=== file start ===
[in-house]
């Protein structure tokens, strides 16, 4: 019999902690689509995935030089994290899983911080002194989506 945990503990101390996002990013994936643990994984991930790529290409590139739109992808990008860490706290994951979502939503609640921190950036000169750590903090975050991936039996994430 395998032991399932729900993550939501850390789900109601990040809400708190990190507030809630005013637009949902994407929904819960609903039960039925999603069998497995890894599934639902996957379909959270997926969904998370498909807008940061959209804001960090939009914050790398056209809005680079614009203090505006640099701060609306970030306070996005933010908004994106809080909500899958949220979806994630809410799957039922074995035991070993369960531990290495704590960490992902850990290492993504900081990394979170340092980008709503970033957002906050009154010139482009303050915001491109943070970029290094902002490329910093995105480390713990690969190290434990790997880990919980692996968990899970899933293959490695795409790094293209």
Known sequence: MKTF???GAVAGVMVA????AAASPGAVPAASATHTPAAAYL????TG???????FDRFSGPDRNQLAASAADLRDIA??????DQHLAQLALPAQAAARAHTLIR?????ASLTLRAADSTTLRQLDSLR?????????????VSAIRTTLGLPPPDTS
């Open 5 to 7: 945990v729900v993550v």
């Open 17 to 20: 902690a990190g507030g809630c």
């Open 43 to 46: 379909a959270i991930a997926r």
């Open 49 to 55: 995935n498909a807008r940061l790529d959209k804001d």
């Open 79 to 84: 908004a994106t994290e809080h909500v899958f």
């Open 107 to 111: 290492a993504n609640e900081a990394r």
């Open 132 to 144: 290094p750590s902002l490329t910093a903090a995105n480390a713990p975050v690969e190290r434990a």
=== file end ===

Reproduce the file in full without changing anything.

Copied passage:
[in-house]
């Protein structure tokens, strides 16, 4: 019999902690689509995935030089994290899983911080002194989506 945990503990101390996002990013994936643990994984991930790529290409590139739109992808990008860490706290994951979502939503609640921190950036000169750590903090975050991936039996994430 395998032991399932729900993550939501850390789900109601990040809400708190990190507030809630005013637009949902994407929904819960609903039960039925999603069998497995890894599934639902996957379909959270997926969904998370498909807008940061959209804001960090939009914050790398056209809005680079614009203090505006640099701060609306970030306070996005933010908004994106809080909500899958949220979806994630809410799957039922074995035991070993369960531990290495704590960490992902850990290492993504900081990394979170340092980008709503970033957002906050009154010139482009303050915001491109943070970029290094902002490329910093995105480390713990690969190290434990790997880990919980692996968990899970899933293959490695795409790094293209």
Known sequence: MKTF???GAVAGVMVA????AAASPGAVPAASATHTPAAAYL????TG???????FDRFSGPDRNQLAASAADLRDIA??????DQHLAQLALPAQAAARAHTLIR?????ASLTLRAADSTTLRQLDSLR?????????????VSAIRTTLGLPPPDTS
């Open 5 to 7: 945990v729900v993550v």
């Open 17 to 20: 902690a990190g507030g809630c």
């Open 43 to 46: 379909a959270i991930a997926r």
């Open 49 to 55: 995935n498909a807008r940061l790529d959209k804001d």
């Open 79 to 84: 908004a994106t994290e809080h909500v899958f």
């Open 107 to 111: 290492a993504n609640e900081a990394r």
């Open 132 to 144: 290094p750590s902002l490329t910093a903090a995105n480390a713990p975050v690969e190290r434990a």